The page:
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maktayla

.22-250 Newbie Advice

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Firstly, I apologise because I know there are some posts ongoing regarding this calibre and I have read through a few of them.

 

I have just been granted a .22-250 (without a mentoring condition :yes: Happy days) on my certificate. Certificate has just come back and they have kindly opened my .17HMR. So I am extremely happy and I have got that happy feeling, which I think we've all had, whereby I want a rifle right now :cray:;)

But, I know I have too exercise patience because I am new to the centrefire world. I have been reading a lot, and shopping a lot. I have also read a lot about barrell wear and understand the importance of it. So, I've decided, (unless its someone I can really trust or has got a good reputation), to buy a new rifle. I have looked at Sports Man Gun Centre because it is very close to me and they have been a great bunch in the past. They have listed:

 

1.

Weatherby Vangaurd Mk2 Syn/Blued Carbine .22-250 Rem 20 Inch £499.99 exc vat£599.99

However, it doesn't say if this is threaded.

 

2.They also have the same model as above, at the same price, but with a 24" barrell.

 

3.

Remington 700 SPS Varmint Threaded .22-250 Rem 26 Inch £536.66 exc vat£643.99

Its gonna take me a little while to save up for a rifle in these price ranges, but I am half way there. So I've got plenty of time to read and learn hopefully from you guys. I want to ask is if anyone has any ideas or experience on the Weatherby brand of rifle? If they have, how would you say they would compare to the Remington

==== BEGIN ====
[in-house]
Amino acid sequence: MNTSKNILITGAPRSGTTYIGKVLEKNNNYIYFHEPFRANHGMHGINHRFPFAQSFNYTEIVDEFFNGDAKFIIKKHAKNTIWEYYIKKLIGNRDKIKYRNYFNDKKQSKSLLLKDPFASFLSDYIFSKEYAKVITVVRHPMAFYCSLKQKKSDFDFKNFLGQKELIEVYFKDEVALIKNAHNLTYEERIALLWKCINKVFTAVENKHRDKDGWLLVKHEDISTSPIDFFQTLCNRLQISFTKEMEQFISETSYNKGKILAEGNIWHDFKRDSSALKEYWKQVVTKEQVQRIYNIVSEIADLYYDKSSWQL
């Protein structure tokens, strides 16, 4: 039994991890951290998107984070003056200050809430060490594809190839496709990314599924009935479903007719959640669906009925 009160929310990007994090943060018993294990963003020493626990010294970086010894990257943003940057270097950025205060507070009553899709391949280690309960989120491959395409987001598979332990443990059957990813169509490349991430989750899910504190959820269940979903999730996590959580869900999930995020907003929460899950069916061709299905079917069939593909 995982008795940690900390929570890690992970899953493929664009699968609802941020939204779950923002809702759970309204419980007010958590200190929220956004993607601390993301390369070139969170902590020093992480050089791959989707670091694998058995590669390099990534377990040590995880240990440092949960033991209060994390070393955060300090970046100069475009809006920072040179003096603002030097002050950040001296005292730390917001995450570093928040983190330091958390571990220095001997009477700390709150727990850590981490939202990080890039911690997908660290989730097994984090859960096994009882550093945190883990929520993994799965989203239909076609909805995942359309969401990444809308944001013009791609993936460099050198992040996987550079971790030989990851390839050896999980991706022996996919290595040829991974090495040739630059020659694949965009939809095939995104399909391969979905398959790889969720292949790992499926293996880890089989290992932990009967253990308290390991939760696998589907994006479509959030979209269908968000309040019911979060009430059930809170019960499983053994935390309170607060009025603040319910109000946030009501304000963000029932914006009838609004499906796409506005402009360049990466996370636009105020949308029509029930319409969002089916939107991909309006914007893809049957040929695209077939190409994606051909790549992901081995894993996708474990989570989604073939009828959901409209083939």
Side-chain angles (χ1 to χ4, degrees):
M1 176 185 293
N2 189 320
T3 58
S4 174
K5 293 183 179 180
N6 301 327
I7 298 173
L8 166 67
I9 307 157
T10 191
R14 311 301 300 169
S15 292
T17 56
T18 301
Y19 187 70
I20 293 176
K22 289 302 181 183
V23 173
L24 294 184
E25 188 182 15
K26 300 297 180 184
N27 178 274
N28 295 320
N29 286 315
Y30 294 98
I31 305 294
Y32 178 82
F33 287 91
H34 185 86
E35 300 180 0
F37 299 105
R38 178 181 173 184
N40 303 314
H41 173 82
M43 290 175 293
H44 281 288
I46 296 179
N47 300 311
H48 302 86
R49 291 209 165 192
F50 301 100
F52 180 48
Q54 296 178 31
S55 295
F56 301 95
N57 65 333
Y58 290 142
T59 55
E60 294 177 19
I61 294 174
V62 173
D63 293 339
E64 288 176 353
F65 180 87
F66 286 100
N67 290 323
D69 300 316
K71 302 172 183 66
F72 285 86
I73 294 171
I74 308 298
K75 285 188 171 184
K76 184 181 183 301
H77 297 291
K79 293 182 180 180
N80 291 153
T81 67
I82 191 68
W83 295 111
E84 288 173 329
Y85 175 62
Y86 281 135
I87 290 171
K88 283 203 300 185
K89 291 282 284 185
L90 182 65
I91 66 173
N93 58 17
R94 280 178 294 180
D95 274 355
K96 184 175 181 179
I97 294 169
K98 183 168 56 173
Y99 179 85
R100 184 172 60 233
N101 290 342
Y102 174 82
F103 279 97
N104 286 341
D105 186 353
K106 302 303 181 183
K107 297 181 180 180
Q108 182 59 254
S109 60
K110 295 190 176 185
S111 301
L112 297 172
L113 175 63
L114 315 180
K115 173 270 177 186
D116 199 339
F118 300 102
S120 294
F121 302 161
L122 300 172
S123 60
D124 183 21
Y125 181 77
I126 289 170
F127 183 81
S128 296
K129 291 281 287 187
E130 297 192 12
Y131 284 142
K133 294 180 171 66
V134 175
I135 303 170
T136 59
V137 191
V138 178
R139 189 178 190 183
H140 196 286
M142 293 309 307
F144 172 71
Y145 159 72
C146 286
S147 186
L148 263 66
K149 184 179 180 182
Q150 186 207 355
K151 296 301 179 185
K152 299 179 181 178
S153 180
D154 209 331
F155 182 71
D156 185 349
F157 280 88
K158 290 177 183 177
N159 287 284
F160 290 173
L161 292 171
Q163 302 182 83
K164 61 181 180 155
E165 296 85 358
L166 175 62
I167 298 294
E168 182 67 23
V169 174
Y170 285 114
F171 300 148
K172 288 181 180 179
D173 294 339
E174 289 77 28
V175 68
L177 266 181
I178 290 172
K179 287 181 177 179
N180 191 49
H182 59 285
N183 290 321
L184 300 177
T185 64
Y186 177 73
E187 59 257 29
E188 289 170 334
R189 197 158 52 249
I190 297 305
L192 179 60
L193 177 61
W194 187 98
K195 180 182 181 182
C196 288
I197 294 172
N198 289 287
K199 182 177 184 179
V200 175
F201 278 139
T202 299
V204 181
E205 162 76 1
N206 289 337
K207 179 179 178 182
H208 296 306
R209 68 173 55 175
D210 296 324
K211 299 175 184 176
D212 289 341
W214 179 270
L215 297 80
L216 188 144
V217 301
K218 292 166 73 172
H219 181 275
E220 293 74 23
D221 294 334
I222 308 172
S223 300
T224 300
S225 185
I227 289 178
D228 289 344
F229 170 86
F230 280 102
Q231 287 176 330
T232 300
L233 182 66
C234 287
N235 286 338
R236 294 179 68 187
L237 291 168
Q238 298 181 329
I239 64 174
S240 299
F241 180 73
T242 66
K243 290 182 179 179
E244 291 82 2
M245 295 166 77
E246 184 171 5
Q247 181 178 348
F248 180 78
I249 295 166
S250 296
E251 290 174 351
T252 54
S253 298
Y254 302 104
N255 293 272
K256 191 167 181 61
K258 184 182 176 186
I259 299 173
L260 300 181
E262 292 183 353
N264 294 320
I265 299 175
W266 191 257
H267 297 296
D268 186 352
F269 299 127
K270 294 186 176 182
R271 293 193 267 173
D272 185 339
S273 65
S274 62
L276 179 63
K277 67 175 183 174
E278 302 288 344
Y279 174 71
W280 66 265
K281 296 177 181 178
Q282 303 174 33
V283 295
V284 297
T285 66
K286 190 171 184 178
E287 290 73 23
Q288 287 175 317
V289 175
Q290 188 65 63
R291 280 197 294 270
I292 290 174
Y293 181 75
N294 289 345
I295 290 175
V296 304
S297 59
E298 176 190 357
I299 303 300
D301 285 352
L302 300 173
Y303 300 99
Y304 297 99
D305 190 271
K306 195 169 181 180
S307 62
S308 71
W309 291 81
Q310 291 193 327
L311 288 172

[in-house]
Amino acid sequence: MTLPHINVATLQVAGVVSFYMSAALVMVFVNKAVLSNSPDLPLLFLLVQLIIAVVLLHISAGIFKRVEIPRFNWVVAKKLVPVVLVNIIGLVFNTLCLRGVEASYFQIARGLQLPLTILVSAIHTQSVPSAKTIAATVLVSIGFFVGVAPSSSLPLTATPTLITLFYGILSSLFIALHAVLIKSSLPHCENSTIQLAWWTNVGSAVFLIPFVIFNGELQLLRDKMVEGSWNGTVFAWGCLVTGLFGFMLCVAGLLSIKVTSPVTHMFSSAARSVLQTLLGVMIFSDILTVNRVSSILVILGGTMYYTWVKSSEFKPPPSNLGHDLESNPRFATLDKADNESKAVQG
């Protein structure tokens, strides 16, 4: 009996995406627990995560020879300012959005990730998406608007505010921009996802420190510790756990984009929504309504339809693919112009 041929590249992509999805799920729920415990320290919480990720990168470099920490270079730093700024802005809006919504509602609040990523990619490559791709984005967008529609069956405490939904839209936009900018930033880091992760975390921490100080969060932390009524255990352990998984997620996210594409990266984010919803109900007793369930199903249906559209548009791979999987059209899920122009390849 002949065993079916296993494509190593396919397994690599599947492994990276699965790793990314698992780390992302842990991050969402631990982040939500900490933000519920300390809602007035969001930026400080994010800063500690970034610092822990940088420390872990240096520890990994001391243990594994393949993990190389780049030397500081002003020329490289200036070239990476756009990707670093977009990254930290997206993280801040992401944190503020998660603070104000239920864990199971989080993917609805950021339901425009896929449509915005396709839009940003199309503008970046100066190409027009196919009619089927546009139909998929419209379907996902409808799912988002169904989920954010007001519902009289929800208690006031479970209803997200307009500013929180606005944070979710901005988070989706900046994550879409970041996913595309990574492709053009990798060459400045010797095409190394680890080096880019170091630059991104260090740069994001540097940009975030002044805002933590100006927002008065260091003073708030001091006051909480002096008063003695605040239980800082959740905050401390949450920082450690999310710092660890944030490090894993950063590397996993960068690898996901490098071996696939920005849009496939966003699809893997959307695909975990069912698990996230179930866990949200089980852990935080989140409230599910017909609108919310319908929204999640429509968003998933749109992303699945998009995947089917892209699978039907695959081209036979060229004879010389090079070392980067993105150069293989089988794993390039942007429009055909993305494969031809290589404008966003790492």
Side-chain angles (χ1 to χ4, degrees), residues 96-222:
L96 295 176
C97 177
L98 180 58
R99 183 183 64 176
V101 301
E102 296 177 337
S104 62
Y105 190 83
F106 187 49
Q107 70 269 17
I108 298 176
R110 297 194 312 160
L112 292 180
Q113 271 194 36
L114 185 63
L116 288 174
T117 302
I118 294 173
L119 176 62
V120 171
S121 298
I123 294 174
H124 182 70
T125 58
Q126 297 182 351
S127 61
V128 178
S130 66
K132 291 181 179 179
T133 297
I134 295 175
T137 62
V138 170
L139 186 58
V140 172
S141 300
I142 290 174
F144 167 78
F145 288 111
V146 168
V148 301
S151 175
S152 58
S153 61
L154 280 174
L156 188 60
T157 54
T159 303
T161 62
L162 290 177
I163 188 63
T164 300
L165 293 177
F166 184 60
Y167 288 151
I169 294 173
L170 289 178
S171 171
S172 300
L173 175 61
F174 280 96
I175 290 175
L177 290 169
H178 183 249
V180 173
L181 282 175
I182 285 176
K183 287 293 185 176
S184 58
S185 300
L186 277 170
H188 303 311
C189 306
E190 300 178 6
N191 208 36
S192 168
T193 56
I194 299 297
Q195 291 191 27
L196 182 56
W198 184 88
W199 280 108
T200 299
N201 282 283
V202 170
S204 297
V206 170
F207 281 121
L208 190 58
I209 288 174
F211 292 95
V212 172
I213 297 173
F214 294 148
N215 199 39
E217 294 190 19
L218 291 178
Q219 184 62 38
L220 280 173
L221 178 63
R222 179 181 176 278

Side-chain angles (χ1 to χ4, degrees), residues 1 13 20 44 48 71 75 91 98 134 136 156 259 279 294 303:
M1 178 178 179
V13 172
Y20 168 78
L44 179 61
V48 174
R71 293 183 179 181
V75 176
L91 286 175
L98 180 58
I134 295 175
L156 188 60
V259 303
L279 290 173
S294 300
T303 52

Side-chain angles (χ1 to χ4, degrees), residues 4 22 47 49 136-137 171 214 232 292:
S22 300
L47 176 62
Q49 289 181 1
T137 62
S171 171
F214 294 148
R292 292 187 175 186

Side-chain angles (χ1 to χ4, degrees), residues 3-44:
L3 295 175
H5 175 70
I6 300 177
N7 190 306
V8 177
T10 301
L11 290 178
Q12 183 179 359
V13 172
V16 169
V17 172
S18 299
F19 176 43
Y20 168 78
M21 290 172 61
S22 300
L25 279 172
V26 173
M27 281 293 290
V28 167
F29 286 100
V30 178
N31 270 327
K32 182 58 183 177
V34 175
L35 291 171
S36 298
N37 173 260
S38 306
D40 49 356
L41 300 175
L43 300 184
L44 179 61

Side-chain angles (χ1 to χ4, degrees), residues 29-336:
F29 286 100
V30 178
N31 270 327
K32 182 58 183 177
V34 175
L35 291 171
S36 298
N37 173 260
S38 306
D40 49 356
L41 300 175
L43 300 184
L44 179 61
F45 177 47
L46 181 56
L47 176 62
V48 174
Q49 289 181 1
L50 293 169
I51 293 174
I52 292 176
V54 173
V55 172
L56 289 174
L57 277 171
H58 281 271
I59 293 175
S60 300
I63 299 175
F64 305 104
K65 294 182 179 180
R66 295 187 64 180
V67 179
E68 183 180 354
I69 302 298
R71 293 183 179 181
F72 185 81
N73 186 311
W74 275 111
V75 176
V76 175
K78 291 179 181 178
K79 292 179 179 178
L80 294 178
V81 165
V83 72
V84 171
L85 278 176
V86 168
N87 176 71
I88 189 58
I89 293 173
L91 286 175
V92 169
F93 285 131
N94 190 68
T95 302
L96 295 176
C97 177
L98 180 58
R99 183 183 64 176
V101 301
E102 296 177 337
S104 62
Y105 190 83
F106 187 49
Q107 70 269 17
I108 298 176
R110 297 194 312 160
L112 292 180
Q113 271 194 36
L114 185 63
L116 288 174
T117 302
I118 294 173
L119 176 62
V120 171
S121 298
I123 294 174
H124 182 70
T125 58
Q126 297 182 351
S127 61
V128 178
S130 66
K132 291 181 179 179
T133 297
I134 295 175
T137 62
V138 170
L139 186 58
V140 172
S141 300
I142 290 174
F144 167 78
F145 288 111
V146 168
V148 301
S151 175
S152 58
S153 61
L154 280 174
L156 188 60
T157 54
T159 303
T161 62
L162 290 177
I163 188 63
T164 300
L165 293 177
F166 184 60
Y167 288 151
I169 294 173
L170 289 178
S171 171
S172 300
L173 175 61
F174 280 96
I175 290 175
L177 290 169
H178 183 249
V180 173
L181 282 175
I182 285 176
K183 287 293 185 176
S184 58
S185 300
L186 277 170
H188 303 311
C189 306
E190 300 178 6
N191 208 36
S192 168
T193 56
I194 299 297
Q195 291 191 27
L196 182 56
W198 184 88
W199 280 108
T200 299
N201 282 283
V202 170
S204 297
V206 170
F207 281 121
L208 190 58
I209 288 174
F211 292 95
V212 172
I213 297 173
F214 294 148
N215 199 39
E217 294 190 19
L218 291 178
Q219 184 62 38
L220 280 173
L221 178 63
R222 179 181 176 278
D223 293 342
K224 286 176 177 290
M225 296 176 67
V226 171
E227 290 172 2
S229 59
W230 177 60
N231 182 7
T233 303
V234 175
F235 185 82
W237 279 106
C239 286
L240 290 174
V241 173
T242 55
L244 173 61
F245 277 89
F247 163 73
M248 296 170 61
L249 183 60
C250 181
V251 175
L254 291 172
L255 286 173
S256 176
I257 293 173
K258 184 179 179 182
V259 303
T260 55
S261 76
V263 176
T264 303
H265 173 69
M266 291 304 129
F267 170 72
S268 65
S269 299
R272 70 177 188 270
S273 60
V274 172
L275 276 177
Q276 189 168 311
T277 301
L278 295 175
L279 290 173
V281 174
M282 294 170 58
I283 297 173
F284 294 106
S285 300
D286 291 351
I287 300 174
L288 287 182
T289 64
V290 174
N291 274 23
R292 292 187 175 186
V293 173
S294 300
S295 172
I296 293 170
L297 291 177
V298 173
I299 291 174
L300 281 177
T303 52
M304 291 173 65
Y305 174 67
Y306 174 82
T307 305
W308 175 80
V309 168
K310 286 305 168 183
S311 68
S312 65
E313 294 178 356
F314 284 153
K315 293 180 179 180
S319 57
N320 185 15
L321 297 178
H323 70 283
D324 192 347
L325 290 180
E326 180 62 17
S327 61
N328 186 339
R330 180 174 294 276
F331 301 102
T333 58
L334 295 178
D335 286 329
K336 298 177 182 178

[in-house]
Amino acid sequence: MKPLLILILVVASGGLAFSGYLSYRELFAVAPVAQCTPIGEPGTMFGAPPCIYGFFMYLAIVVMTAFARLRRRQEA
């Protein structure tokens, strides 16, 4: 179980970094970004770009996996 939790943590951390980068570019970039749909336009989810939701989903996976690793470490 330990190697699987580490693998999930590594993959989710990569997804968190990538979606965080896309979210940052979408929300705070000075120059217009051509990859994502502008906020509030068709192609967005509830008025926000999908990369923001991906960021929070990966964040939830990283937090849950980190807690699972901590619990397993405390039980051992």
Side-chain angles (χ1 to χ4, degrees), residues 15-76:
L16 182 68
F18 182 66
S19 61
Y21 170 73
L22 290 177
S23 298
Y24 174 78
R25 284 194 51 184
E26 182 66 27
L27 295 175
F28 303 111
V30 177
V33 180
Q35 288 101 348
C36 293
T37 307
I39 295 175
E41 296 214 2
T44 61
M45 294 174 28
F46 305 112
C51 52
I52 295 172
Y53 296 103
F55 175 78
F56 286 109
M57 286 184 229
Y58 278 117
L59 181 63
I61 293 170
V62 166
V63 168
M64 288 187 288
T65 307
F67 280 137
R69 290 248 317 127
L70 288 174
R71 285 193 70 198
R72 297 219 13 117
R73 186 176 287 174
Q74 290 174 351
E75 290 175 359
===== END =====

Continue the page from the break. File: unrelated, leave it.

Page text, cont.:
I have also noticed the difference in barrell lengths. What does this mean for the shooter. Is 20" better than 26" or is it just easier in the field due to the length of barrell??

Should I have to worry much about twist rates if I am going to be sticking to 50-55 grain rounds?

If the Weatherby isn't threaded, would it be worth me putting the extra pennies toward the Remington? I dont know the cost of getting a barrell threaded.

 

I am sorry about all the questions guys, but I want to get everything clear in my head before I go and make a purchase further on down the line. I have also been considering second hand so if anyone knows of a rifle from a very trustworthy person I would love to know.

 

Thankyou for any help/advice

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Weatherby are threaded 1/2"unf good gun for the money having had a rem700 and a weatherby it prefer the weatherby

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Better stock,better trigger, nicer bolt,comes threaded mine shoots cheap factory into 1/2" all day long

Sorry for the short replies but on my phone

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Thats fine Dan. Thanks for the reply. Every bit of info is invaluable to me. I did write a bit of an essay.

 

By the sounds of your experience, I am not going to go too far wrong with the Weatherby. If they are threaded then its going to save me a bit of cash.

 

Cheers

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Congratulations maktayla , you seem to have done your homework mate and have an idea of what you want so get a list together of what's in your top 5 or 10 and get down SGC and have a look n feel of what takes your fancy...there's plenty of options and I think that's the confusing part.

Edited by celticrusader

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Thankyou CC. Yes you are right, plenty of options and it can get a bit confusing. However, this is one part of the sport I also enjoy. The research, reading others reviews, ideas and so on and on. Even videos.